Resting in a bathtub, Sam listens to unheard music on her ear buds. In the background, a menacing figure watches her before turning and leaving the dark bathroom. As the door shuts, Sam, glances around and removes her ear buds, sensing the presence. “Hello?” she calls out. Of course nobody answers. Wrapping a towel around herself, she looks for her clothes, but they are gone. “Very funny guys,” she mutters, clearly thinking that it’s her friends playing a joke on her. Finally I gained control of Sam and led her towards the bathroom door.
Choice Can Kill
This is how everyone’s preview of Until Dawn started out at PlayStation Experience, but each player’s journey and end point varied, some shorter than others. The varying factor was a variety of choices that Sam, played by Hayden Panettiere, was forced to quickly make that caused the story to branch in different directions. Choice can kill any of the main characters that we we will be able to play as in the final game, and the PlayStation Experience gameplay showed just how harrowing these choices can be.
Defenseless, and wearing only a towel — now dubbed “the magic towel” by the internet, due to its uncanny ability to stay on Sam through all of what is to come — I venture into the dark cabin beyond the bathroom door. Already I can feel the vibe of the summer teen-slasher flicks that Until Dawn draws its inspiration from. The setting and mood feel very much like Halloween, Scream, or any of the other variety of movies in this genre. A series of red balloons with arrows drawn on them eerily guide me to the cabin’s media room. Sam still thinks it’s her friends, but the player knows better, which sets me edge as the dramatic irony sets in. I knew something the character didn’t know. In the media room, the projector springs to life and a creepy voice begins asking things like “are these the last happy moments of this creature’s life?” as footage plays of Sam in the bath. There’s a definitive Saw feeling to this moment. Then the voice begins counting down from ten.
Run Sam, Run!
Before the counter can even reach zero, the figure seen earlier in the bathroom bursts through the doors and Sam is given a decision: Throw a vase, or run. Using the motion of the controller to select the option, I twist my hands to opt for throwing the vase. Sam grabs the vase, hurls it at the creepy figure, and darts for the door as he simply swats it out of the way. “Bad move, Chandler!” I think to myself. “Gotta be smart about this.” The controller utilizing motion controls is actually a carry over from the original development of the game, which was as a first person Move title. While some may find the motion controls to be gimmicky and silly, I think they fit very well in Until Dawn and help to sell the player involvement and tension of each situation.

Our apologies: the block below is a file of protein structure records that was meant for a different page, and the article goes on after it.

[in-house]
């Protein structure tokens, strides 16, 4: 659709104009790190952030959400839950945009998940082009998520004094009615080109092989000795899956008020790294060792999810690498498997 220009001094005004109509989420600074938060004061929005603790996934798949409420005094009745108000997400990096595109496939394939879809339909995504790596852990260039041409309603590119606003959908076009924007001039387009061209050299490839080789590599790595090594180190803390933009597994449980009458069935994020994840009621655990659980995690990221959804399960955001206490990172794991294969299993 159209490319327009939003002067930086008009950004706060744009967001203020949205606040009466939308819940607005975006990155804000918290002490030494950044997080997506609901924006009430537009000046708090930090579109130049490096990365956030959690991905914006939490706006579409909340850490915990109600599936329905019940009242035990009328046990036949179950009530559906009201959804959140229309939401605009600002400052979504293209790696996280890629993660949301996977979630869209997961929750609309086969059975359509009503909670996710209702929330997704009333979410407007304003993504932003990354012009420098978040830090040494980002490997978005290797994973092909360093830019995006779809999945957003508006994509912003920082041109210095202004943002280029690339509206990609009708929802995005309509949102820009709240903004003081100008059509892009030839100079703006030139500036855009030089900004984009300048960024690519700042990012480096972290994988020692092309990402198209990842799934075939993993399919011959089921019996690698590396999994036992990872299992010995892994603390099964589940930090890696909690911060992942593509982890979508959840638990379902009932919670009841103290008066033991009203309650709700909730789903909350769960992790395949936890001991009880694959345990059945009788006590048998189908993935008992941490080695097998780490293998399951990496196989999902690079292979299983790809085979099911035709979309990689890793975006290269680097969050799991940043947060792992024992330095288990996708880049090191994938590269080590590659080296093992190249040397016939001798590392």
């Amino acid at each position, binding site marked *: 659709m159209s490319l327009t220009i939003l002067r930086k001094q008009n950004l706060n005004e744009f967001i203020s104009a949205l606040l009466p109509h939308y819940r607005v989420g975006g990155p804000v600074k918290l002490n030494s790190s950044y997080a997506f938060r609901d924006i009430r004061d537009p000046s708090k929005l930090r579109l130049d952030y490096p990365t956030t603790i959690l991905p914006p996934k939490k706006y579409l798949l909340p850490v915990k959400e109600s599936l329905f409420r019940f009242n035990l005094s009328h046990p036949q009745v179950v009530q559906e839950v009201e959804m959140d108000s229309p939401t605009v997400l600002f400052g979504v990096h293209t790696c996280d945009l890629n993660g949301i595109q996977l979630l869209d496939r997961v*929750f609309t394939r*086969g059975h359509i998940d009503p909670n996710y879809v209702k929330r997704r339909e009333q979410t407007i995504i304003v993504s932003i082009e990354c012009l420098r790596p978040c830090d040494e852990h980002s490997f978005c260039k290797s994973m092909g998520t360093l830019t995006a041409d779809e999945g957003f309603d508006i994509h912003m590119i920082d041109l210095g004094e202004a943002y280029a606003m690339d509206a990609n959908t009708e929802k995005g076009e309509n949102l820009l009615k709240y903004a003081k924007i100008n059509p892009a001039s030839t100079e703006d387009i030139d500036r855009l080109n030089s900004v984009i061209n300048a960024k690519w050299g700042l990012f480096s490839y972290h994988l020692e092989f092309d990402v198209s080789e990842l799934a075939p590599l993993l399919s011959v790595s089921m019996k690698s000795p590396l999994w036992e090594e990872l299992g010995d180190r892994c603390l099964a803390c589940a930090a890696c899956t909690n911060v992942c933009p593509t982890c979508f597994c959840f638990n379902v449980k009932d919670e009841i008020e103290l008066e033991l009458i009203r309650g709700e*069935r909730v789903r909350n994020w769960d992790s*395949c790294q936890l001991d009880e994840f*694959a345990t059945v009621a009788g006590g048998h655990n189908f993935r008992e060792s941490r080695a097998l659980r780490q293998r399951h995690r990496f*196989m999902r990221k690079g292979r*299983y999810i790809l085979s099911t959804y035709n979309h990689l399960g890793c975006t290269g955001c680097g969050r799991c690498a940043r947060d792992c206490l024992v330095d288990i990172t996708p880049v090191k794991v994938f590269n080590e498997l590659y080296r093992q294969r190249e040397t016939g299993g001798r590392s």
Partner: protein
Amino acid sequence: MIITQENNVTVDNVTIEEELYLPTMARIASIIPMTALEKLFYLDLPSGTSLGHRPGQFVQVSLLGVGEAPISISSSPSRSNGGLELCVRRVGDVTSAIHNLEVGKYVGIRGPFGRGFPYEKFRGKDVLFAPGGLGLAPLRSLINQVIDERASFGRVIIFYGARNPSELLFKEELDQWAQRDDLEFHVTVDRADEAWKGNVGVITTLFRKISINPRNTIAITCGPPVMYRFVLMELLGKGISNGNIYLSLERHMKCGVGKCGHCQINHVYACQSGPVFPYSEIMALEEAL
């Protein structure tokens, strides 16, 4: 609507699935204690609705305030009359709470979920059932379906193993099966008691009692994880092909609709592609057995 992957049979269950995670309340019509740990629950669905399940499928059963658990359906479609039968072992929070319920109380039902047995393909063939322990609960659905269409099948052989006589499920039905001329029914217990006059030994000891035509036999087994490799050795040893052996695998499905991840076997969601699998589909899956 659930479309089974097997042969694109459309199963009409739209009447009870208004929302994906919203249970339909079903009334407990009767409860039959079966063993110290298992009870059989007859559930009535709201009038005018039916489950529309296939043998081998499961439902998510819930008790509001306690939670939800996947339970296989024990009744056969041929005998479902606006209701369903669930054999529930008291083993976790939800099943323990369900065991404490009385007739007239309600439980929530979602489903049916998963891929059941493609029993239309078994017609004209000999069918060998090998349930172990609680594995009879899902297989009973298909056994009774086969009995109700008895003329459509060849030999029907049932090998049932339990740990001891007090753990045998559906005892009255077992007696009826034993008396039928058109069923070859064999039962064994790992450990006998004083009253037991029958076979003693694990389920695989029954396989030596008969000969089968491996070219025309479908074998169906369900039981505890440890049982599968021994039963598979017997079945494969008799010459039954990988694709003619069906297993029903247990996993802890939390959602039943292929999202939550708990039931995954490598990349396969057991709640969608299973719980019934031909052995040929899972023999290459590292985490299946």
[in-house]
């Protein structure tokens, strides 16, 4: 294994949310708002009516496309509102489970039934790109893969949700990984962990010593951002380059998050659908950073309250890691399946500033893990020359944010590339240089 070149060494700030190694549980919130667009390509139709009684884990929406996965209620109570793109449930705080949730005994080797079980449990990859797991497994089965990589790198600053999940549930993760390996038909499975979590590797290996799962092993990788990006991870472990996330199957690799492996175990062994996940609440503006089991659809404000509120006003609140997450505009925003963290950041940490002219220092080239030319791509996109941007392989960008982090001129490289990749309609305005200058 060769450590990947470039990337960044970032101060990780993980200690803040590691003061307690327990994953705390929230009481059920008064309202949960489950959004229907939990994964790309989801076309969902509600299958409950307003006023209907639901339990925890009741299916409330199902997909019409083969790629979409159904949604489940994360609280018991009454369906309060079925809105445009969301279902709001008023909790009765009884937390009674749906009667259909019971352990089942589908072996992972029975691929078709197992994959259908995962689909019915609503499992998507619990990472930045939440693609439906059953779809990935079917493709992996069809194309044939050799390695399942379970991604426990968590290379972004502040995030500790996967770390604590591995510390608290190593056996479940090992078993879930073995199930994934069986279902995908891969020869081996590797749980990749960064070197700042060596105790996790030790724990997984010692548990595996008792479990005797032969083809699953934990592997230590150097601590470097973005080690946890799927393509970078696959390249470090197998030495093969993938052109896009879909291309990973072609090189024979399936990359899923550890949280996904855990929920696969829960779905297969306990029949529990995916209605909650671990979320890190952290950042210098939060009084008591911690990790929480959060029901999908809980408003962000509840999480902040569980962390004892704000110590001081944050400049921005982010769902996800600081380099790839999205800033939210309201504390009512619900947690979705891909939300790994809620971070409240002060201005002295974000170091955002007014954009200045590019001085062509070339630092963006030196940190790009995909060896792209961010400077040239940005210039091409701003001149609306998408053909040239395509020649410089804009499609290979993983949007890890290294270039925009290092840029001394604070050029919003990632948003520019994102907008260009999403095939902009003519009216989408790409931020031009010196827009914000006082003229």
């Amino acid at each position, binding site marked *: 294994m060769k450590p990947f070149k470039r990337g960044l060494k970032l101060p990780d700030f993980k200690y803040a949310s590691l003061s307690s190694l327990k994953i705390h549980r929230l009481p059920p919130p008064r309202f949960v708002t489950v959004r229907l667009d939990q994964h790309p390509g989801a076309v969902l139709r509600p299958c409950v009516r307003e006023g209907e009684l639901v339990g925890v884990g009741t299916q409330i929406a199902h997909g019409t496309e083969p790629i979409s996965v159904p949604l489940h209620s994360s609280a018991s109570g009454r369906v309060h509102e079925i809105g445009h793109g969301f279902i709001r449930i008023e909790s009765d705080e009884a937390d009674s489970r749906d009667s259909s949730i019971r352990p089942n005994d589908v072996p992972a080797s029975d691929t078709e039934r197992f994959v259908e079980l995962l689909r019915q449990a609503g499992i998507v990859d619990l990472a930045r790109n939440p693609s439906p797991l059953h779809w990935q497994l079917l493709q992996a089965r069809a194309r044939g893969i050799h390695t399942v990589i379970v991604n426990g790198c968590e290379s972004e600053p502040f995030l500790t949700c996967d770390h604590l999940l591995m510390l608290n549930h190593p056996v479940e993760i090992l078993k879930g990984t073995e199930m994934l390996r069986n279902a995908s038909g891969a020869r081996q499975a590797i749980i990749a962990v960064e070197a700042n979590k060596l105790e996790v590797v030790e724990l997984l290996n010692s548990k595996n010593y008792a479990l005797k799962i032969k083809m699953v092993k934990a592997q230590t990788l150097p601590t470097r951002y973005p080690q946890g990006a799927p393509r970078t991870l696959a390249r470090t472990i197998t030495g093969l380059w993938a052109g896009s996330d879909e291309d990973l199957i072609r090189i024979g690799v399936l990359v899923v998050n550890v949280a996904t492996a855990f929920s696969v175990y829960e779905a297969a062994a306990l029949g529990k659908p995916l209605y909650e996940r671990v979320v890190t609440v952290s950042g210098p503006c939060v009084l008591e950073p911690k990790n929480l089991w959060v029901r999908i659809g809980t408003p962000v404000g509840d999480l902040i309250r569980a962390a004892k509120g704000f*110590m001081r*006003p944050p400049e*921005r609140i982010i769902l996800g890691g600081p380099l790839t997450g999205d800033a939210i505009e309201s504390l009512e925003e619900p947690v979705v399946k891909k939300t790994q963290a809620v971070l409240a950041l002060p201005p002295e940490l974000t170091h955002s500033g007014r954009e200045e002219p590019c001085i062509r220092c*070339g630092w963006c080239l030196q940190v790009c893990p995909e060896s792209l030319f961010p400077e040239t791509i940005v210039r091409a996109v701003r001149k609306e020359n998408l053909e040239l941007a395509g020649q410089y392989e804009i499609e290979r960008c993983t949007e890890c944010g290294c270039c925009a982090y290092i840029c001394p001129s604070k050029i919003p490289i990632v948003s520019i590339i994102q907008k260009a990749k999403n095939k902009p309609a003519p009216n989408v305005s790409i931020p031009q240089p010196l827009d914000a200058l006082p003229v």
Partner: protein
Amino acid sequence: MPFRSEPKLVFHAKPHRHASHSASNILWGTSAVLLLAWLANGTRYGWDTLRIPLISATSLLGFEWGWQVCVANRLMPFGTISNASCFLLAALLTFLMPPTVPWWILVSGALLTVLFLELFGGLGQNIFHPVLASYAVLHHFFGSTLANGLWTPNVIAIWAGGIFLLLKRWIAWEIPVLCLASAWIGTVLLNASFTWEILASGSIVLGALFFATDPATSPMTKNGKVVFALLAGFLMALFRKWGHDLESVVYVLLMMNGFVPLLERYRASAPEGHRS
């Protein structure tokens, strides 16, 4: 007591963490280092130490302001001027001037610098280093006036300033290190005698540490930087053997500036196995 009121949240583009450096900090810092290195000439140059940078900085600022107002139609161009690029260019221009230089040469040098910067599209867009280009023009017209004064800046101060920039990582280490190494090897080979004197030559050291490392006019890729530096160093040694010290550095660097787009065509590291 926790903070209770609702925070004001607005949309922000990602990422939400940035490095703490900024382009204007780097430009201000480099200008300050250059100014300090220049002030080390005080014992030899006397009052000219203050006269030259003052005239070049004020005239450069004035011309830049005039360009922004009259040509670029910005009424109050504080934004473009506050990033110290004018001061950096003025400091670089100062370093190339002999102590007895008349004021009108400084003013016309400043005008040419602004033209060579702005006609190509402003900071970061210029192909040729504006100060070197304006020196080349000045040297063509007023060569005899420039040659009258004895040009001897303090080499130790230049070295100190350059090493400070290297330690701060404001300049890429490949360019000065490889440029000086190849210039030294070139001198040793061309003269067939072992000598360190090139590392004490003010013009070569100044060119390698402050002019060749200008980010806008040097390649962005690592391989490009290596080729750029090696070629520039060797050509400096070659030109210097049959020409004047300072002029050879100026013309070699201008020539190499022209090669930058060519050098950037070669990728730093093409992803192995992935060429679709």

The ensuing chase gives me a number of two-choice scenarios at certain intersections, most involving asking whether I want Sam to hide or continue running. Well, the guy is behind me right? So I think I’ll continue running in a general forward direction to remain as far from his murderous intent as possible. Reaching a blocked door, I can try to barge through it, or use a shelf to block his path. Let’s try the shelf? Nope, he can just walk over that, however it did reveal the doorknob needed to get through the door! Hastily putting it into the socket, the game asks me to jolt the controller to the side to ram my way through the door. Again, the intensity of this moment makes this motion feel natural and involved as I barely manage to make it through and slam it shut before he can get to me.
The DualShock 4 in Full Motion
I would be lying if I said the game didn’t feel like a Quantic Dream title. There are far too many similarities to Heavy Rain and Beyond: Two Souls both graphically and within the controls to say that it doesn’t at least take inspiration from those games. What Until Dawn has more of a focus on is a tension and player involvement using all of the features of the DualShock 4. Barging through the door and slamming the lock shut using the full motion of controller is very satisfying to pull off, and the motion based controls work well for all of my experience with it in this preview.
I’m tired of running, so it’s time to select the option to hide, and I crouch down inside an elevator shaft. The option to turn my flashlight off with the triangle button appears and I barely press it in time. I try to hold my own breath as Sam holds hers. A prompt appears on the screen: Don’t Move! Beneath these words is an image of the DualShock 4’s light bar with a white outline around it. As my hands twitch ever so slightly, the blue gets closer to that outline. I steady my shaking hands, waiting for the hulking figure to pass. Just when I think it’s safe, he reaches in and drags Sam out, ending my time with Until Dawn until that release day, when perhaps I can make better decisions and keep Sam alive.
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